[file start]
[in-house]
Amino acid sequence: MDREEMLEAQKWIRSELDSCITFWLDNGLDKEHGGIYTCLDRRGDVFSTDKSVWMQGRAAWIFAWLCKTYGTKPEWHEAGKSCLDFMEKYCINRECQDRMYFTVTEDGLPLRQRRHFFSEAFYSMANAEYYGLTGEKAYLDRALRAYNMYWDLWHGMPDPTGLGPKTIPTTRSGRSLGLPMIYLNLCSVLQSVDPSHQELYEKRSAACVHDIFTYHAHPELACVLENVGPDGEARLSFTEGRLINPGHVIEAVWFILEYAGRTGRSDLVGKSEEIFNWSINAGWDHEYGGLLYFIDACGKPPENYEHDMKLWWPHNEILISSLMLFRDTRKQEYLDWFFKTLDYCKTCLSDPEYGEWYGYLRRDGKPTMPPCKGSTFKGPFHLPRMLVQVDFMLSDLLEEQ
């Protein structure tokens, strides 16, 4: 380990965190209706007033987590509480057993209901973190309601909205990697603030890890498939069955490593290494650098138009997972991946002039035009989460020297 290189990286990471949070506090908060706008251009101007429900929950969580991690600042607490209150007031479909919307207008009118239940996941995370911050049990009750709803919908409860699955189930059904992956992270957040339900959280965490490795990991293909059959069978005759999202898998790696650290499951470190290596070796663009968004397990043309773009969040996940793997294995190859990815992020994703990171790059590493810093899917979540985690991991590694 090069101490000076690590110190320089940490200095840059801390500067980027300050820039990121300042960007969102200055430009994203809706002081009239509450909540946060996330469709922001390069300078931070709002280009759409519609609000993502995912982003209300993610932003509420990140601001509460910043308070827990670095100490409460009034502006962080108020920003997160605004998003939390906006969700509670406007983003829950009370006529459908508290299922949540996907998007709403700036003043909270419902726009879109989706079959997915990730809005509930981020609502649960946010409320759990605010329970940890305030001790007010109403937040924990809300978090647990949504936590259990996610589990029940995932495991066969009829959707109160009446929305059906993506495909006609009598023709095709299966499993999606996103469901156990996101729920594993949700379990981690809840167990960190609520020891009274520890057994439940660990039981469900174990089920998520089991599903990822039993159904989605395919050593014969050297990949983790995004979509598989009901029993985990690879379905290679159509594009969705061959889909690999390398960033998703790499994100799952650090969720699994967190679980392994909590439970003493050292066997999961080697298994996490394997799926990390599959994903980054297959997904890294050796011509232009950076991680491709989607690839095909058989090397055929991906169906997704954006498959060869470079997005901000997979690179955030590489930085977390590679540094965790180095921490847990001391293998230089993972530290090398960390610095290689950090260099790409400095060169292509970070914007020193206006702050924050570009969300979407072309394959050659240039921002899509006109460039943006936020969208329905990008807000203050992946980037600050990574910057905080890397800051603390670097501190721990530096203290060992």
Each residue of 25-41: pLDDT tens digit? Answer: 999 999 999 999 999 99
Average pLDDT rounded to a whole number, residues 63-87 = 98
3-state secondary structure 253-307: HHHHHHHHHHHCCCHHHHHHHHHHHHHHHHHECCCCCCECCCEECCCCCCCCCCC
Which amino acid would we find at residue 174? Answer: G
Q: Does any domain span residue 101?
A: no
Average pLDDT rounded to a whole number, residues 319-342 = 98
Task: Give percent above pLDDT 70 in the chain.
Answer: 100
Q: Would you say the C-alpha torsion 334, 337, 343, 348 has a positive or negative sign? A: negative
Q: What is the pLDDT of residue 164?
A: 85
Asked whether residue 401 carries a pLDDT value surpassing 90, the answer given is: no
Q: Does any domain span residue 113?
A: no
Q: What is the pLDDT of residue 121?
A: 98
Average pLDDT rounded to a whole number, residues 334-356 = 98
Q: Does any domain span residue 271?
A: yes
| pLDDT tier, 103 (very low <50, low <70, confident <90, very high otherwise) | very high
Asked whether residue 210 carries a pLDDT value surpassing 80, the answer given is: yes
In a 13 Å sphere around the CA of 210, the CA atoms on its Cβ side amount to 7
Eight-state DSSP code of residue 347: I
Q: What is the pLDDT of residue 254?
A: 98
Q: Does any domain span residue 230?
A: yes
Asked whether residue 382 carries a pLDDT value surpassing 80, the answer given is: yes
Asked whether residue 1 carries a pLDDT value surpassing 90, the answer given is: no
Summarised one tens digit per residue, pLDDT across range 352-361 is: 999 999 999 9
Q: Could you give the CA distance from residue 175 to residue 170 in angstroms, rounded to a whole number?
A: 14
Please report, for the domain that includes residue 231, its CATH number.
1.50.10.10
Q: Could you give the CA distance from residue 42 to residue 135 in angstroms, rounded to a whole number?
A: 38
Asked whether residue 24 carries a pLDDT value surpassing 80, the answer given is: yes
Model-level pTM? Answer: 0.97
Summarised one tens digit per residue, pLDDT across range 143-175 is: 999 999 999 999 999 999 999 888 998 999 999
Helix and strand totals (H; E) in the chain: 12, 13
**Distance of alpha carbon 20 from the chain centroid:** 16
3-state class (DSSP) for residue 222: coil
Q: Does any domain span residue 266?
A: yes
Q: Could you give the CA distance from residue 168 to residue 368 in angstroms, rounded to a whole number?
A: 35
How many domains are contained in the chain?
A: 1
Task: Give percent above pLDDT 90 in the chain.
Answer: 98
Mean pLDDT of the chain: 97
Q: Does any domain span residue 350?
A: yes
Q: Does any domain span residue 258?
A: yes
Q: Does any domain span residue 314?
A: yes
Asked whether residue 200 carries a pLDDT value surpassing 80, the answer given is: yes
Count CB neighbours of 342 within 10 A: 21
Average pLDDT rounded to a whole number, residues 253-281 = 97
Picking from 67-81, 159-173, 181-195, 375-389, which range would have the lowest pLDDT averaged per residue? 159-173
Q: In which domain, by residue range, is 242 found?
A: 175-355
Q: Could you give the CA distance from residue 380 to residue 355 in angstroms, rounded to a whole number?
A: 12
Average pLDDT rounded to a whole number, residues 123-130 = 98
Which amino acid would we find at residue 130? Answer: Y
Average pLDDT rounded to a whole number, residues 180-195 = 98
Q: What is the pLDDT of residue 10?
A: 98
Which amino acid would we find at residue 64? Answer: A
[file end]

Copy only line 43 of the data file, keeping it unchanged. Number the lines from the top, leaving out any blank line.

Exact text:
Summarised one tens digit per residue, pLDDT across range 143-175 is: 999 999 999 999 999 999 999 888 998 999 999